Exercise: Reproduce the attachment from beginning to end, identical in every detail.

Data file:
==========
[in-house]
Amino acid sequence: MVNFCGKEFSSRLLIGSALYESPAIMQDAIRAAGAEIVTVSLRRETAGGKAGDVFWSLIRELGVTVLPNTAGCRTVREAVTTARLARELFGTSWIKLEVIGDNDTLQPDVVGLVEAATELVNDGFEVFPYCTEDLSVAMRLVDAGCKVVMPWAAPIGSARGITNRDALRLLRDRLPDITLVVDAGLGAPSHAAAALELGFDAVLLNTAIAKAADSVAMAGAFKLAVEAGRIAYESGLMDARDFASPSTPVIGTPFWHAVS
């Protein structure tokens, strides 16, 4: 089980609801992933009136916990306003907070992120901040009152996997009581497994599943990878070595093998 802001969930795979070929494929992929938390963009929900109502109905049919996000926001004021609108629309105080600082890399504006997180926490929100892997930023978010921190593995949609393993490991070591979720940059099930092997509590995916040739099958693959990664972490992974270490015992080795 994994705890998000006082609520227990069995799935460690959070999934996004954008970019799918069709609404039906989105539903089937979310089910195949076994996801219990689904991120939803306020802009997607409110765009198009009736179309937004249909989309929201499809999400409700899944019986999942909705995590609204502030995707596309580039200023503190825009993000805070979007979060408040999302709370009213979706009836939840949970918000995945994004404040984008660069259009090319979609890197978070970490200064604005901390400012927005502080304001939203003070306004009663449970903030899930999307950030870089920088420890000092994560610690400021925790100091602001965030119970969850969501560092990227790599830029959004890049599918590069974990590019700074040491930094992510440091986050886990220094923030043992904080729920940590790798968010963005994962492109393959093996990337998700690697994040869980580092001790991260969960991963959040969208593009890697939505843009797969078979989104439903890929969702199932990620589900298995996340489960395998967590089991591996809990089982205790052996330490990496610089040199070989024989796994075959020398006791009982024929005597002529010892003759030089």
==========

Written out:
[in-house]
Amino acid sequence: MVNFCGKEFSSRLLIGSALYESPAIMQDAIRAAGAEIVTVSLRRETAGGKAGDVFWSLIRELGVTVLPNTAGCRTVREAVTTARLARELFGTSWIKLEVIGDNDTLQPDVVGLVEAATELVNDGFEVFPYCTEDLSVAMRLVDAGCKVVMPWAAPIGSARGITNRDALRLLRDRLPDITLVVDAGLGAPSHAAAALELGFDAVLLNTAIAKAADSVAMAGAFKLAVEAGRIAYESGLMDARDFASPSTPVIGTPFWHAVS
């Protein structure tokens, strides 16, 4: 089980609801992933009136916990306003907070992120901040009152996997009581497994599943990878070595093998 802001969930795979070929494929992929938390963009929900109502109905049919996000926001004021609108629309105080600082890399504006997180926490929100892997930023978010921190593995949609393993490991070591979720940059099930092997509590995916040739099958693959990664972490992974270490015992080795 994994705890998000006082609520227990069995799935460690959070999934996004954008970019799918069709609404039906989105539903089937979310089910195949076994996801219990689904991120939803306020802009997607409110765009198009009736179309937004249909989309929201499809999400409700899944019986999942909705995590609204502030995707596309580039200023503190825009993000805070979007979060408040999302709370009213979706009836939840949970918000995945994004404040984008660069259009090319979609890197978070970490200064604005901390400012927005502080304001939203003070306004009663449970903030899930999307950030870089920088420890000092994560610690400021925790100091602001965030119970969850969501560092990227790599830029959004890049599918590069974990590019700074040491930094992510440091986050886990220094923030043992904080729920940590790798968010963005994962492109393959093996990337998700690697994040869980580092001790991260969960991963959040969208593009890697939505843009797969078979989104439903890929969702199932990620589900298995996340489960395998967590089991591996809990089982205790052996330490990496610089040199070989024989796994075959020398006791009982024929005597002529010892003759030089």